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Author Topic: categories and patterns in folk music  (Read 4838 times)

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GPS

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Re: categories and patterns in folk music
« Reply #20 on: December 30, 2012, 09:00:29 AM »


Then again, MT's waltz is not really a waltz

Mozart thought it was, and he wrote it.......KV 536, No. 2, ‘Six German Dances’; Waltz in G

Graham
Are you sure he called it a waltz? It looks to me as if it forms the "trio" of a 3-part piece. The sections before it are in 3/4 too but very un-waltz-like - possibly more like a minuet or even a laendler. Admittedly he wound't have called it a mazurka either, but I still think it doesn't make a good waltz tune - there are too many notes, which makes it too bumpy. That's why it doesn't seem to work when people stick a smoother waltz on to the end of it.

Well, if I'm 100% honest I can't be absolutely sure!  It's generally referred to as "Waltz in G" but it may have been called that by later catalogue compilers. Mozart would have been familiar with the waltz, though.  I'm not convinced that it's the number of notes that might make one think of it as un-waltzlike; after all, many Strauss waltzes are "notier", and Chopin's Grande Valse Brillante is smothered in quavers; it's more to do with the "swing" , the "pulse" and getting just the right speed.  Incidentally, on a pedantic note, "Ländler" DOES have an umlaut (or the "e" that you quite correctly included in your post) in the singular; the "a" is modified by the addition of the "ler" suffix. Sorry - retired languages teacher! :D

Cheers
Graham
« Last Edit: December 30, 2012, 10:28:07 AM by GPS »
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Sage Herb

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Re: categories and patterns in folk music
« Reply #21 on: December 30, 2012, 09:28:48 AM »

Despite its classical origins, we should remember how 'Michael Turner's waltz' found its way into the English folk repertory. It appears (untitled) in the manuscript book of Mr Turner (1796-1880), bootmaker, fiddler and churchwarden of Warnham in Sussex. The ms book seems to date from 1842-52. This and many other tunes from Sussex manuscripts were published in 1981 in 'The Sussex Tune Book', edited by Anne Loughran and Vic Gammon. I don't know whether the term 'waltz' was applied by the editors or was in the manuscript, but I'll ask Vic and post the answer.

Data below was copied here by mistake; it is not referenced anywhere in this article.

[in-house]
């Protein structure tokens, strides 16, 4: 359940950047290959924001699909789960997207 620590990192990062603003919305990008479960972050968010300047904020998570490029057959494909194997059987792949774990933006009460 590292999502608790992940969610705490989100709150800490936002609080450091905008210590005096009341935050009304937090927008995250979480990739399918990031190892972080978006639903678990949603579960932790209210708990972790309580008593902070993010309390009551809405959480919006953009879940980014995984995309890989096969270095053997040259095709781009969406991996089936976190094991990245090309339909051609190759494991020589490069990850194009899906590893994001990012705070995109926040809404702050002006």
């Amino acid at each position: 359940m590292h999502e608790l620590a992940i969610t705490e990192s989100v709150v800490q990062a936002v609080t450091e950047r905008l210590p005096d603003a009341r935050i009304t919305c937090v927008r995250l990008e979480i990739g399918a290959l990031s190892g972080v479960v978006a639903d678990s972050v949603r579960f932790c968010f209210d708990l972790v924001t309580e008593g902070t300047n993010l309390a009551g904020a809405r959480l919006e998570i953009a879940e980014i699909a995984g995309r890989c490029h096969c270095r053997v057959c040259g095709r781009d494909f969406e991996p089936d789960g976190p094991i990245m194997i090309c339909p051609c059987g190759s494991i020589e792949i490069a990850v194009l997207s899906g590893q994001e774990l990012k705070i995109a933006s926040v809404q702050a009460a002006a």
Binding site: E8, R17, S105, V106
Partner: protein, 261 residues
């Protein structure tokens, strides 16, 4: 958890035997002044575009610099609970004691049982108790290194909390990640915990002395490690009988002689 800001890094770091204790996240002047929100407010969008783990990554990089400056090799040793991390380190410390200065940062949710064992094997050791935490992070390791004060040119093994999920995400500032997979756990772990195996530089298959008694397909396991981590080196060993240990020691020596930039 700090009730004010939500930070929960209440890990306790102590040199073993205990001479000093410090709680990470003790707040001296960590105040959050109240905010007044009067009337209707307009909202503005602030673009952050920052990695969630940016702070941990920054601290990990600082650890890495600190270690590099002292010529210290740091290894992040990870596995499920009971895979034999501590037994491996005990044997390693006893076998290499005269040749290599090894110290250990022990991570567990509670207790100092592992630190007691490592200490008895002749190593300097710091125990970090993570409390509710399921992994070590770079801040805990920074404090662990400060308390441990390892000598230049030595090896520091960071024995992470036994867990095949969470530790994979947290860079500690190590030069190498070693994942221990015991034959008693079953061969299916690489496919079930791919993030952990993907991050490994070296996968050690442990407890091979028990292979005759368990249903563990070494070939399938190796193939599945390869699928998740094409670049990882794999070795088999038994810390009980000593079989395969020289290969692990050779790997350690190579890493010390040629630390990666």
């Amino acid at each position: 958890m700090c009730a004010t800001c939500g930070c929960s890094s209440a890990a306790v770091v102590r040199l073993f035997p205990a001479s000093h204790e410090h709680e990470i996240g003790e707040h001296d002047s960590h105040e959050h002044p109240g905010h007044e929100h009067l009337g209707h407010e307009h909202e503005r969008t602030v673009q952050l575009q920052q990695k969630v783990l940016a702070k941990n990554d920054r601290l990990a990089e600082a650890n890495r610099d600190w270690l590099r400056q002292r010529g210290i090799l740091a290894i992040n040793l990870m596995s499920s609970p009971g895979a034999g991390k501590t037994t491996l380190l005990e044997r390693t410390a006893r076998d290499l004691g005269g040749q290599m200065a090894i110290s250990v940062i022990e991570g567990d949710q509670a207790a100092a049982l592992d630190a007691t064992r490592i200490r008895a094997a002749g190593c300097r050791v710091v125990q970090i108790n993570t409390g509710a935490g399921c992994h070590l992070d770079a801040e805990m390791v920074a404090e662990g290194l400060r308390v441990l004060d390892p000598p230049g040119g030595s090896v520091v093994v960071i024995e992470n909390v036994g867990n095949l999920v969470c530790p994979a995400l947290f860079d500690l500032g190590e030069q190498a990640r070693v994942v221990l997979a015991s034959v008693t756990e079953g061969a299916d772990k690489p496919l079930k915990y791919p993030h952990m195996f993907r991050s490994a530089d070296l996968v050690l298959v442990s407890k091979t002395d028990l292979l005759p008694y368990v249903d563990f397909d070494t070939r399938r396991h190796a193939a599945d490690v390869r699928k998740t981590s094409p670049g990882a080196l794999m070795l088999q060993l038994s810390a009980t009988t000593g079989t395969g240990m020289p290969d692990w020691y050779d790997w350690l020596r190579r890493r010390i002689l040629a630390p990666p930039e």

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Steve
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Marje

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Re: categories and patterns in folk music
« Reply #22 on: December 30, 2012, 09:45:40 AM »

Despite its classical origins, we should remember how 'Michael Turner's waltz' found its way into the English folk repertory. It appears (untitled) in the manuscript book of Mr Turner (1796-1880), bootmaker, fiddler and churchwarden of Warnham in Sussex. The ms book seems to date from 1842-52. This and many other tunes from Sussex manuscripts were published in 1981 in 'The Sussex Tune Book', edited by Anne Loughran and Vic Gammon. I don't know whether the term 'waltz' was applied by the editors or was in the manuscript, but I'll ask Vic and post the answer.